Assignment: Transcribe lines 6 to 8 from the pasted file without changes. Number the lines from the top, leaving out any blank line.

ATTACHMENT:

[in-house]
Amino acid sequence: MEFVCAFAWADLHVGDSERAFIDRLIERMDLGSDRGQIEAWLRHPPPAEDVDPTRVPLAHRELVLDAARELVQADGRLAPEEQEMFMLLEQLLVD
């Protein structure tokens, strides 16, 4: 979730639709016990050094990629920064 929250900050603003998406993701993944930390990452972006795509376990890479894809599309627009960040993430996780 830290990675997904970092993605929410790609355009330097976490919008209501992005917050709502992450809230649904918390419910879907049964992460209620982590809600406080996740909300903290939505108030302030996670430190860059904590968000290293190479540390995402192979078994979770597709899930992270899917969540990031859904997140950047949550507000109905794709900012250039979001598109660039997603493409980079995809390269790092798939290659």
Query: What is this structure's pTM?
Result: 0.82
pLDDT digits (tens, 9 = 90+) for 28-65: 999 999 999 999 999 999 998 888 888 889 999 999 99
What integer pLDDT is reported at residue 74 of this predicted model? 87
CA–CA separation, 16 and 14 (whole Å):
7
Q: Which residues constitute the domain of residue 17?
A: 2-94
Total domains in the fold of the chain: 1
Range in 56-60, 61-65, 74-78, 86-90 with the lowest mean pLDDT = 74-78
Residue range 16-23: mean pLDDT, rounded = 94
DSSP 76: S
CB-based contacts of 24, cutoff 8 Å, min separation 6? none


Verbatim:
pLDDT digits (tens, 9 = 90+) for 28-65: 999 999 999 999 999 999 998 888 888 889 999 999 99
What integer pLDDT is reported at residue 74 of this predicted model? 87
CA–CA separation, 16 and 14 (whole Å):